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Investigation of Electron Kinetics in Atmospheric-Pressure Microplasmas through Particle-in-Cell Simulation

Investigation of Electron Kinetics in Atmospheric-Pressure Microplasmas through Particle-in-Cell Simulation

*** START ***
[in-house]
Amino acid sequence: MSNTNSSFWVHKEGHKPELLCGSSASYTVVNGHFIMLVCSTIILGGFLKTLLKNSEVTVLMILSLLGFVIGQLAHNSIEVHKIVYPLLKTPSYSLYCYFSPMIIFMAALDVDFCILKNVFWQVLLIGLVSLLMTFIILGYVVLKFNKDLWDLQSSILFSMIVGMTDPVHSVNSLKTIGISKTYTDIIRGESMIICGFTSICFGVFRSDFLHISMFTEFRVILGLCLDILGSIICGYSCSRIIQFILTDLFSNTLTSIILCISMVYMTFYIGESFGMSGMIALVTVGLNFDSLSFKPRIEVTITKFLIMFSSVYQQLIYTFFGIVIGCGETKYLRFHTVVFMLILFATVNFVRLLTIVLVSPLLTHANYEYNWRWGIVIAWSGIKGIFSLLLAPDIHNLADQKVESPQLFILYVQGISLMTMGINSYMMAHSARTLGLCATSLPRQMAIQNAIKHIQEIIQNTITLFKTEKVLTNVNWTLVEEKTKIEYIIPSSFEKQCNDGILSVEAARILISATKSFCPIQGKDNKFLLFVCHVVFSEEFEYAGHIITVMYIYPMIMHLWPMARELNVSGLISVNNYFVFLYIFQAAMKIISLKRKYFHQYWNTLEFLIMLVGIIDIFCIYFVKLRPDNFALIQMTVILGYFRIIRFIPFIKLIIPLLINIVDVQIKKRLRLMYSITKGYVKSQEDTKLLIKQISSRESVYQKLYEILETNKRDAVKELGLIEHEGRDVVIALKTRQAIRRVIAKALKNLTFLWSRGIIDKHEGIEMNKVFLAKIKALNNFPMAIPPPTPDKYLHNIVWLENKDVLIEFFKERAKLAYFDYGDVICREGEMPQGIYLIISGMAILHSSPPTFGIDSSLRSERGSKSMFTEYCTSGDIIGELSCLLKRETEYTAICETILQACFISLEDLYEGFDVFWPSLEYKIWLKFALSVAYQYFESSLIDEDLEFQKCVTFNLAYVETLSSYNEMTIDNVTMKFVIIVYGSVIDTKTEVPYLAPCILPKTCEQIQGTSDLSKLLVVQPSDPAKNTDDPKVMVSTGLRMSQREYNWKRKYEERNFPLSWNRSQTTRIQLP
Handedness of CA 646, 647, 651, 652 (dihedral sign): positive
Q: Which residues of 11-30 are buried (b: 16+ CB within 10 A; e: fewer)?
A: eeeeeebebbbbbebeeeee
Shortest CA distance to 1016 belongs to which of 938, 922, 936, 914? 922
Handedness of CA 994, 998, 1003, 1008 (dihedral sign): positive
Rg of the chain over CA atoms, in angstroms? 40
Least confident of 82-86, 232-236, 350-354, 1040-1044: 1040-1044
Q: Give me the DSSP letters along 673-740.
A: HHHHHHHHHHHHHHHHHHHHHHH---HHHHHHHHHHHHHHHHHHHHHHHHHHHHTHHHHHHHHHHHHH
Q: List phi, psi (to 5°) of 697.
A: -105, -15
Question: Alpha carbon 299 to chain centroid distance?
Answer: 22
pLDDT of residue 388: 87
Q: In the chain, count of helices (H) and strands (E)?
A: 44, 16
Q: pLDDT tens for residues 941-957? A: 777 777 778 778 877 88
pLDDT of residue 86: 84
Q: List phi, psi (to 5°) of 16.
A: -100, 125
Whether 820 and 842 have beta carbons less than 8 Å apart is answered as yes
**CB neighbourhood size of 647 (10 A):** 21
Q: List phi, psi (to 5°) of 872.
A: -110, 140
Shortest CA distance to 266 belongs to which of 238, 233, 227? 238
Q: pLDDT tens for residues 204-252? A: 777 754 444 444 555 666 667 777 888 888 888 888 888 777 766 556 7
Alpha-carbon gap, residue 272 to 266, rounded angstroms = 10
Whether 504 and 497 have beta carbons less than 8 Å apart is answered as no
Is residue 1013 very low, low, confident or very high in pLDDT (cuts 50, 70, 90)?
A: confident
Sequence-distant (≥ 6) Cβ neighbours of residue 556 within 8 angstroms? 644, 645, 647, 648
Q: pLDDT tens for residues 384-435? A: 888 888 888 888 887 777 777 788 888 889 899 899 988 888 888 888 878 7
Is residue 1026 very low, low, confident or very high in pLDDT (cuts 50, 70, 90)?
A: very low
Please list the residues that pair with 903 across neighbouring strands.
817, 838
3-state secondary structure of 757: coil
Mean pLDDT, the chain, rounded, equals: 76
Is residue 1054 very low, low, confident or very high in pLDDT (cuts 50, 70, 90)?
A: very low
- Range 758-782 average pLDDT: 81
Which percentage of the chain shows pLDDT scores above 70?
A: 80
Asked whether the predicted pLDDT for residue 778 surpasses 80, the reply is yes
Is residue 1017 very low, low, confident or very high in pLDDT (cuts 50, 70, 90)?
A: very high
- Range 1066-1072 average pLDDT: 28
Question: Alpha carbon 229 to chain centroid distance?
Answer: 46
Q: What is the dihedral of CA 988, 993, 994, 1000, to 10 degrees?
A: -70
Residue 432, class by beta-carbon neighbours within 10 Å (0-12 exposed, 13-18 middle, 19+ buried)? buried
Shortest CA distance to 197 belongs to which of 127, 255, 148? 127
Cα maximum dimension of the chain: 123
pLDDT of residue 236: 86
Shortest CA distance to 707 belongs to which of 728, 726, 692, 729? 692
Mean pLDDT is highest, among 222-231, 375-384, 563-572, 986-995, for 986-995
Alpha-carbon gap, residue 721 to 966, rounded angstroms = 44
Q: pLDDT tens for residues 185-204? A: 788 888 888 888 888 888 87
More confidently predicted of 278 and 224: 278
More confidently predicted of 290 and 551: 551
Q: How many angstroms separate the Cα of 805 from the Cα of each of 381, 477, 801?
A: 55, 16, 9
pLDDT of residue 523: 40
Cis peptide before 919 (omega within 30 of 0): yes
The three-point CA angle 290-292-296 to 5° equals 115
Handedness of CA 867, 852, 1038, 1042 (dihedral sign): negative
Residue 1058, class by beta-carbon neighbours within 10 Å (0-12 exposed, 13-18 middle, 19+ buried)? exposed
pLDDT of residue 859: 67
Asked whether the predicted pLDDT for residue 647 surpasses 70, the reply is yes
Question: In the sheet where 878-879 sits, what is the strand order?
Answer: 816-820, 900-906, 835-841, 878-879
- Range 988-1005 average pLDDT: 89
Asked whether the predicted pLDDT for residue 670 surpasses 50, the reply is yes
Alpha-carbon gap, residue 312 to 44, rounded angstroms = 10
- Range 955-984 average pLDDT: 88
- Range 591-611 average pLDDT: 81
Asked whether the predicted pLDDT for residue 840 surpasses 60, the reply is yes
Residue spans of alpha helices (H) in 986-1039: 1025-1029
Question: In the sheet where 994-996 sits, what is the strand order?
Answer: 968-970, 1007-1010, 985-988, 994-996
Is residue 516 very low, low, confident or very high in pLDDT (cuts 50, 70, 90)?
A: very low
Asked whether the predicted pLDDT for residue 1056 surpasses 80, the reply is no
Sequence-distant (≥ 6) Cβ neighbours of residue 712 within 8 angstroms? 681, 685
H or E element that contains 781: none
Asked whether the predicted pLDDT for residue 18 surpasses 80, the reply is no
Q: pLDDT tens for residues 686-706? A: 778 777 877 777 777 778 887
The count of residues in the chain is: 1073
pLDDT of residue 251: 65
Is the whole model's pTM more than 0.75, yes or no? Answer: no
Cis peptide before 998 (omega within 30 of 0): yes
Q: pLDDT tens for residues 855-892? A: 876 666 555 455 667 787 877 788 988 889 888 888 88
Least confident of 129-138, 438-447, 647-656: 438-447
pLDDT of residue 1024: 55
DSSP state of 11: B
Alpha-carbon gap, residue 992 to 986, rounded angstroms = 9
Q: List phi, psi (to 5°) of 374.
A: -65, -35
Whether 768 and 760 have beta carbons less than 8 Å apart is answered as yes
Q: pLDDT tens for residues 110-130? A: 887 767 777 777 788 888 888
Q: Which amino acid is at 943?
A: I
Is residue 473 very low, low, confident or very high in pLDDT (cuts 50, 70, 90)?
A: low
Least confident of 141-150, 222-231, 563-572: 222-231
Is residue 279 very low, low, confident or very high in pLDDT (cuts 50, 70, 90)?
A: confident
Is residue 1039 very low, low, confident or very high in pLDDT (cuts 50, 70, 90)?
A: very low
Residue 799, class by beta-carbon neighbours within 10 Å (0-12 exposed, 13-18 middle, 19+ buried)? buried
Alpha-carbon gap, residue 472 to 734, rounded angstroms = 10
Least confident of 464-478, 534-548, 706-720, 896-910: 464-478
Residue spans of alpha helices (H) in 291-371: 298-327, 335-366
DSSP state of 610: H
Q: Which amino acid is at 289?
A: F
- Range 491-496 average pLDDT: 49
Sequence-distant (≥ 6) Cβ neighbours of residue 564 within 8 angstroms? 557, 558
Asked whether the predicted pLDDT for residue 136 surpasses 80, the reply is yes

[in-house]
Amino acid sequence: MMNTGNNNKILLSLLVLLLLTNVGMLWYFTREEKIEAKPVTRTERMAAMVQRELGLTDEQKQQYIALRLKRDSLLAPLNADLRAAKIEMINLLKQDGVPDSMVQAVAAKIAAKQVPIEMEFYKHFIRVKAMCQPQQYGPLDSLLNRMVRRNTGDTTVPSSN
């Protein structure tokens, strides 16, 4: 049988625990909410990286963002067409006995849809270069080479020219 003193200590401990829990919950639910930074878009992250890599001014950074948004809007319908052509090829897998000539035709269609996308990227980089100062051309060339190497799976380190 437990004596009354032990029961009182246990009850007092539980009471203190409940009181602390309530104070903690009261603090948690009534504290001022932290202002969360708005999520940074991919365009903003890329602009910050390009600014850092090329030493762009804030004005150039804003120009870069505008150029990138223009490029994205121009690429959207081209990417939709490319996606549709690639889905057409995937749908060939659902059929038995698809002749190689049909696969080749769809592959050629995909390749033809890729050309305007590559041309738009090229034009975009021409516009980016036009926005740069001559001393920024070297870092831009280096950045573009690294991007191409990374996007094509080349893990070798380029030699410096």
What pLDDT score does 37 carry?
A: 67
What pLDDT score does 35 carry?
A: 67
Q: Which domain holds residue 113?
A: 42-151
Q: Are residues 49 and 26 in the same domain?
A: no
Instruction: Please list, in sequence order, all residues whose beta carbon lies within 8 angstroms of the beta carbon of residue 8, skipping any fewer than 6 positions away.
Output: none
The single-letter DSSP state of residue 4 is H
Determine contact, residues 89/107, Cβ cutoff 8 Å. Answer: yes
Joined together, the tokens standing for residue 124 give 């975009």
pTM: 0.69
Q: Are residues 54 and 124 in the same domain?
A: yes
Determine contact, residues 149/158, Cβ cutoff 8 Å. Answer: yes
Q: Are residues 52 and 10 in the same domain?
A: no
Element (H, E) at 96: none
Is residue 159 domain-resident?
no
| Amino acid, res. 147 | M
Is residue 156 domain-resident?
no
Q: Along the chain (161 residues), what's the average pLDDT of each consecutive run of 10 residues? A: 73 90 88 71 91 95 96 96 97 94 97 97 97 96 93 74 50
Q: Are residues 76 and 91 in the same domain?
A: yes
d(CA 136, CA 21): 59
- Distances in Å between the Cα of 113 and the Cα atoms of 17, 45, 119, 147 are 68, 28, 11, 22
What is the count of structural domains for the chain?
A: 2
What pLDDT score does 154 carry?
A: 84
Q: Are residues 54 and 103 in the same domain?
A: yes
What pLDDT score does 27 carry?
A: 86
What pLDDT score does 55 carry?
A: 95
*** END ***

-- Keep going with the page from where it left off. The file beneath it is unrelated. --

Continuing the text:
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In this dissertation, three kinds of electron kinetics of atmospheric-pressure microplasmas have been studied using particle-in-cell simulation with a Monte Carlo collision. The first topic deals with an electron heating mode transition induced by ultra-high frequency in single-frequency (SF) atmospheric-pressure microplasmas. Interestingly, this discharge mode transition is accompanied by non-monotonic evolution of electron kinetics such as effective electron temperature, plasma density, and electron energy on the electrode. In this study, the highest flux of energetic electrons (ε > 4 eV) usable for tailoring the surface chemistry in atmospheric microplasmas is obtained at the specific frequency (400MHz), where an optimal trade-off is established between the amplitude of sheath oscillations and the power coupled to electrons for sub-millimeter dimensions (200 µm). The second topic includes a comparative study of electron kinetics between SF microplasmas and their equivalent dual-frequency (DF) microplasmas with matching effective frequencies in atmospheric-pressure helium discharges. The effective-frequency concept helps in analyzing DF microplasmas in a fashion similar to SF microplasmas with effective parameters. In this study, the plasma characteristics such as the plasma potential, density, and EEPFs of the SF microplasma and its DF counterpart were almost the same. However, the oscillating sheath edge was pushed further into the electrode for a substantial fraction of the time and the sheath width decreased in DF microplasmas. As a result, the transport of the energetic electrons in atmospheric microplasmas is enhanced in DF microplasmas as compared to SF microplasmas. The third topic deals with a formation of secondary energetic electrons induced by abnormal heating mode in pulsed microwave-frequency atmospheric microplasmas. We found that additional high electron heating takes place only during the first period of the ignition phase at the retreating sheath for sub-millimeter dimensions. During this period, electrons are unable to follow the abrupt retreating sheath by diffusion alone. Thus, a self-consistent electric field is induced to drive electrons toward the electrode to follow the abrupt retreating sheath. These behaviors result in the abnormal electron heating mode, which produces higher energy (ε > 50 eV) electrons at the electrode.
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